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LAWS602 The Genomic Future and the Law

Considers the interface between genetics, other biotechnologies and law in three broad areas: use, management of genetic information and biological samples; preimplantation, prenatal genetic testing, screening; genetic modification of plants, animals.

Paper title The Genomic Future and the Law
Paper code LAWS602
Subject Law
EFTS 0.2500
Points 30 points
Teaching period(s) First Semester, Second Semester
Domestic Tuition Fees (NZD) $1,850.75
International Tuition Fees (NZD) $6,800.00

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Pre or Corequisite
LAWS 501
Limited to
METL
Contact
law@otago.ac.nz
Teaching staff
Associate Professor Colin Gavaghan
Dr Jeanne Snelling
Other staff
Textbooks
Course materials are provided.
Graduate Attributes Emphasised
Global perspective, Interdisciplinary perspective, Lifelong learning, Scholarship, Communication, Critical thinking, Cultural understanding, Ethics, Environmental literacy, Information literacy, Research, Self-motivation, Teamwork.
View more information about Otago's graduate attributes.
Learning Outcomes
Students will:
  • Understand, explain and critique the genomic future and legal studies literature in terms of its main approaches, theory and debates
  • Apply their new understandings of the genomic future to how they will impact on society and critically assess what the legal landscape needs to consider in response
  • Understand how to draw out the practical and policy implications of the findings of research into the genomic future, with particular emphasis on being able to write policy and position papers for governments and decision makers in this area
  • Conceptualise research projects and have advanced research, writing and oral presentation skills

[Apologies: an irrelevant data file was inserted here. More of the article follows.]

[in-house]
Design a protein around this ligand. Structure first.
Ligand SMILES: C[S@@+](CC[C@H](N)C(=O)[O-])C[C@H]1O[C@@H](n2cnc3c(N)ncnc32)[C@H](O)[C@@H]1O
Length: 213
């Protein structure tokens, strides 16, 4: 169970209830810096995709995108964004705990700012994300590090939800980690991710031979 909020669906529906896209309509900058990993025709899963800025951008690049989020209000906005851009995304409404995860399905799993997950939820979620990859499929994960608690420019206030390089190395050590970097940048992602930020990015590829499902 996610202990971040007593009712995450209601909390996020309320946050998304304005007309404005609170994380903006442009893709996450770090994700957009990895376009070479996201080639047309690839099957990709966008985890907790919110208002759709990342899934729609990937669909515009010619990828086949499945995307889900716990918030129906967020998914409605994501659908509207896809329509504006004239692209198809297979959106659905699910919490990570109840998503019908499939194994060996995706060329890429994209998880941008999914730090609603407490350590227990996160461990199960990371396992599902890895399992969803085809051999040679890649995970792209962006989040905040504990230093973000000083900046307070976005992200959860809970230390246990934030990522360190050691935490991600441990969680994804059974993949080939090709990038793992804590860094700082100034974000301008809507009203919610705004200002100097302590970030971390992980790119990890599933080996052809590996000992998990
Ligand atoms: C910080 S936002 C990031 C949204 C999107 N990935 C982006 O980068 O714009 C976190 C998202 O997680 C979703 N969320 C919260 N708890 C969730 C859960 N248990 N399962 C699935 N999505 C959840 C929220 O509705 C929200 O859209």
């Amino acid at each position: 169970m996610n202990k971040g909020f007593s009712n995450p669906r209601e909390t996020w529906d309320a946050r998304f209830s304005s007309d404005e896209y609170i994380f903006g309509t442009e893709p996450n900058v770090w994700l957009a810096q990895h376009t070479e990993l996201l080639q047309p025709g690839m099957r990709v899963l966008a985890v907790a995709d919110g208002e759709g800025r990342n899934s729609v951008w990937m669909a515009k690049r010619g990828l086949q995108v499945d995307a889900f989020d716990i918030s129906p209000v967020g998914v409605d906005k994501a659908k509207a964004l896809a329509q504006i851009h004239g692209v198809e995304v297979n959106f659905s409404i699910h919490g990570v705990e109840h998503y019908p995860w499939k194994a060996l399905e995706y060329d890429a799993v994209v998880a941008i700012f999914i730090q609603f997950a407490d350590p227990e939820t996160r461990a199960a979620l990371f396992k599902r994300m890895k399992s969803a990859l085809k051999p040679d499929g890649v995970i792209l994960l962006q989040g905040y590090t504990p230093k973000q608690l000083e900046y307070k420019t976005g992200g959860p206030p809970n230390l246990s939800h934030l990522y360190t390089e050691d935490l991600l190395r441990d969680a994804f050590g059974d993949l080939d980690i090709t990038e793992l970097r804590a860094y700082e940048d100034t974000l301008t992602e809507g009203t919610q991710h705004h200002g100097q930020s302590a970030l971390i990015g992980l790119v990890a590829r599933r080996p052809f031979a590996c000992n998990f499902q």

• Be capable of researching and reviewing up-to-date national and international literature in Genomics and the Law, as well as interdisciplinary research that interacts with Genomics and the Law
  • Demonstrate advanced critical thinking, with particular emphasis on how to understand and measure likely impacts on legal policy choices in the areas where new understandings in Genomics have impact on society.

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Timetable

First Semester

Location
Auckland
Teaching method
This paper is taught On Campus
Learning management system
Blackboard

Second Semester

Location
Auckland
Teaching method
This paper is taught On Campus
Learning management system
Blackboard

Considers the interface between genetics, other biotechnologies and law in three broad areas: use, management of genetic information and biological samples; preimplantation, prenatal genetic testing, screening; genetic modification of plants, animals.

Paper title The Genomic Future and the Law
Paper code LAWS602
Subject Law
EFTS 0.2500
Points 30 points
Teaching period Not offered in 2018
Domestic Tuition Fees Tuition Fees for 2018 have not yet been set
International Tuition Fees Tuition Fees for international students are elsewhere on this website.

^ Top of page

Pre or Corequisite
LAWS 501
Limited to
METL
Contact
law@otago.ac.nz
Teaching staff
Associate Professor Colin Gavaghan
Dr Jeanne Snelling
Other staff
Textbooks
Course materials are provided.
Graduate Attributes Emphasised
Global perspective, Interdisciplinary perspective, Lifelong learning, Scholarship, Communication, Critical thinking, Cultural understanding, Ethics, Environmental literacy, Information literacy, Research, Self-motivation, Teamwork.
View more information about Otago's graduate attributes.
Learning Outcomes
Students will:
  • Understand, explain and critique the genomic future and legal studies literature in terms of its main approaches, theory and debates
  • Apply their new understandings of the genomic future to how they will impact on society and critically assess what the legal landscape needs to consider in response
  • Understand how to draw out the practical and policy implications of the findings of research into the genomic future, with particular emphasis on being able to write policy and position papers for governments and decision makers in this area
  • Conceptualise research projects and have advanced research, writing and oral presentation skills
  • Be capable of researching and reviewing up-to-date national and international literature in Genomics and the Law, as well as interdisciplinary research that interacts with Genomics and the Law
  • Demonstrate advanced critical thinking, with particular emphasis on how to understand and measure likely impacts on legal policy choices in the areas where new understandings in Genomics have impact on society.

^ Top of page

Timetable

Not offered in 2018

Location
Auckland
Teaching method
This paper is taught On Campus
Learning management system
Blackboard